' Cinema Romantico: Friday's Old Fashioned: Night Moves (1975)

Friday, March 06, 2015

Friday's Old Fashioned: Night Moves (1975)

Throughout “Night Moves” Harry Moseby (Gene Hackman), private eye, is told by others of his almost pathological need to “solve” the case. The case involves a young girl, Delly (Melanie Griffith), who has gone missing. Harry is hired by Arlene (Janet Ward), her mother, a fading (faded) Hollywood starlet to find the gone girl. He does a little digging and, in not much time at all, tracks her to a fairly foregone location – that is, her stepfather’s Oceanside ramshackle stead in the Florida Keys. It’s such a simple job that there can only be twists and turns and looming turmoil, and there is, of course, just as there is also the marriage of Harry’s that is on the rocks. “The movie,” wrote the late great Roger Ebert, “is about the process of a criminal investigation, not its results.” That was referring to “The Big Sleep” which was about Bogey’s Philip Marlowe, not Bogey’s Sam Spade, which is the P.I. to whom Harry Moseby is jokingly compared, but the sentiment half-describes “Night Moves”. It is overly concerned with the investigational process as much as the results, but it is concerned with results too; it’s simply that the “results” have nothing to do with anything being “solved”.


This film, directed by Arthur Penn, is one that gets and appreciates a classic film reference. Early on Harry visits his wife at her office and she wonders if he might like to join her and her boss that evening for a showing of an Eric Rohmer film. “I saw Rohmer once.” Harry replies. “It was kind of like watching paint dry.” Buuuuuuurn. And that’s because he sees himself as a Sam Spade, a tough-talking, no-nonsense-taking hard-boiled gumshoe in a black & white noir made on the cheap, where issues are resolved not with philosophical discussions but with brawls and guns.

Mosbey’s backstory involves his position as a one-time NFL player with the Oakland Raiders (which means that because the film is set in 1975 he must have played at least a season or two with the rough & tumble 70’s incarnation of that swashbuckling franchise which no doubt indicates why he’s so darn good in fight), and I think that’s crucial. The character on paper and in the demeanor crafted so ably by Hackman comes across very much like an ex-professional athlete forced to the sideline and, consequently, his own version of twiddling his thumbs. He’s often seen playing chess by himself. It’s tossing cards in a hat as a one man private investigating firm. He needs a way to matter.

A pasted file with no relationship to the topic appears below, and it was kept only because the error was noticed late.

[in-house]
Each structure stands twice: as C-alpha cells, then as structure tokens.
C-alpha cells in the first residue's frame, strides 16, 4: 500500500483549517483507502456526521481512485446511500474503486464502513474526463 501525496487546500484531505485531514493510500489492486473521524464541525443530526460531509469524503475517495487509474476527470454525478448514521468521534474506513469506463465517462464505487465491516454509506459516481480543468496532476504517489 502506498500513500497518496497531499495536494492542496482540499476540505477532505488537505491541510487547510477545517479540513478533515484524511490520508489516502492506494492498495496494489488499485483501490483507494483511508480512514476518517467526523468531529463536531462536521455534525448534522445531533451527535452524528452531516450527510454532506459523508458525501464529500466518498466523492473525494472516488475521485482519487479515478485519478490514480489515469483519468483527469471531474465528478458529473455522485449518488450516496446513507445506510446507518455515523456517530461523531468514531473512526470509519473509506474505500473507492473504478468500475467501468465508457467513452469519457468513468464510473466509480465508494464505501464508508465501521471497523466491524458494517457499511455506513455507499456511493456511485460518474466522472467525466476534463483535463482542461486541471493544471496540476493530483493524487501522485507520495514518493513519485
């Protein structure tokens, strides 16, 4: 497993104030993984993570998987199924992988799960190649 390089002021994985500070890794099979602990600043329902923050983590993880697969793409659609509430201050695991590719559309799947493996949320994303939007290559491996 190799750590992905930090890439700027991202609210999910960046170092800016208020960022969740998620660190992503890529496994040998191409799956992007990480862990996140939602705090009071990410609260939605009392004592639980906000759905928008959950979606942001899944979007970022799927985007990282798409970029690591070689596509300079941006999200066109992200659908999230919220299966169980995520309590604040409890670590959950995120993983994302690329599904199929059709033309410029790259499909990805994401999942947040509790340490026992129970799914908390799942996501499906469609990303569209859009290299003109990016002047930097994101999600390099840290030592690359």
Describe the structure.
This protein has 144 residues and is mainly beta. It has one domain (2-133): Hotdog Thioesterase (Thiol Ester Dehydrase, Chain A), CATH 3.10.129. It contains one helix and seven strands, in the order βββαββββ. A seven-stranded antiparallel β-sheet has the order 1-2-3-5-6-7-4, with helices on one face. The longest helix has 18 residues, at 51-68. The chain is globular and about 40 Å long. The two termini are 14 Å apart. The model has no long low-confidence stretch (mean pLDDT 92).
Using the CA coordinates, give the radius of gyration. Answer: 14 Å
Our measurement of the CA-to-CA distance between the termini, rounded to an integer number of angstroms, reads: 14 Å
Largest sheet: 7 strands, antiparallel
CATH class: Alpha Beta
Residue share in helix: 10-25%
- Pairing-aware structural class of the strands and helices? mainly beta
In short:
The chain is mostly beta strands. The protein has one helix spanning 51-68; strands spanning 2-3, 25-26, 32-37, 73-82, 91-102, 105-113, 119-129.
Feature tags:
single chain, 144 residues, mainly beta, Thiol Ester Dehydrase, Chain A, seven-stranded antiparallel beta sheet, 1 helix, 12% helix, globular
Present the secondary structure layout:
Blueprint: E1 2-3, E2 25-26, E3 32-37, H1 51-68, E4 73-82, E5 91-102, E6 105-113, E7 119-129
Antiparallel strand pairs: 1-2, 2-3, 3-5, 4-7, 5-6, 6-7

His marriage apparently stopped mattering at some point, or at least being a way to actively engage in life. He only seems enlivened by the thought of his wife (Susan Clark) when he can tail her, discover the man with whom she’s been cheating, and knock on the man’s door, not really even to confront him, since he doesn’t seem that angry, but have a conversation. The man tries to get him to have that conversation with, you know, his wife, but Harry is nonplussed. She’s basically trying to goad him into a reaction, like Justine did with Vincent in “Heat”, yet Harry’s reaction is just to bury himself in his case and take off for Florida. In another film, a lesser film, when Harry starts flirting with Paula (Jennifer Warren) down in the Sunshine State, and eventually sleeping with her, we might assume the marital problems were merely an excuse to forgive his adulterous transgressions. Except we already kind of think he’s a (what-have-ya). He and Susan have already crossed the rubicon.

All this marks “Night Moves” less as a traditional thriller than a character study – “My Night At Maud’s” as an American thriller. After all, Rohmer’s film, the one Harry dismisses, revolves around the idea of making choices that apply meaning to life, for if you don’t make the proper choices to apply that meaning then life is merely an existential wasteland. He chooses to get involved in this case of the missing girl and to push that case to and then past its limits to apply meaning to the life he feels himself incrementally drifting away from. Alas, by the conclusion of “Night Moves” he’s more or less wound up in one of those art films he so despises, utterly adrift, all alone, forced into an answerless predicament, a barren, Godless eternity like a tiny flame flickering in an immense void with nothing. He’ll probably spend the rest of his life watching paint dry.

2 comments:

The Boy in the Back Row said...

Just for a second, didn't you think, "Whoa, he's literally going to make Harris Yulin eat that cat"?

Nick Prigge said...

Ha! Nice call. Yes. I think I did.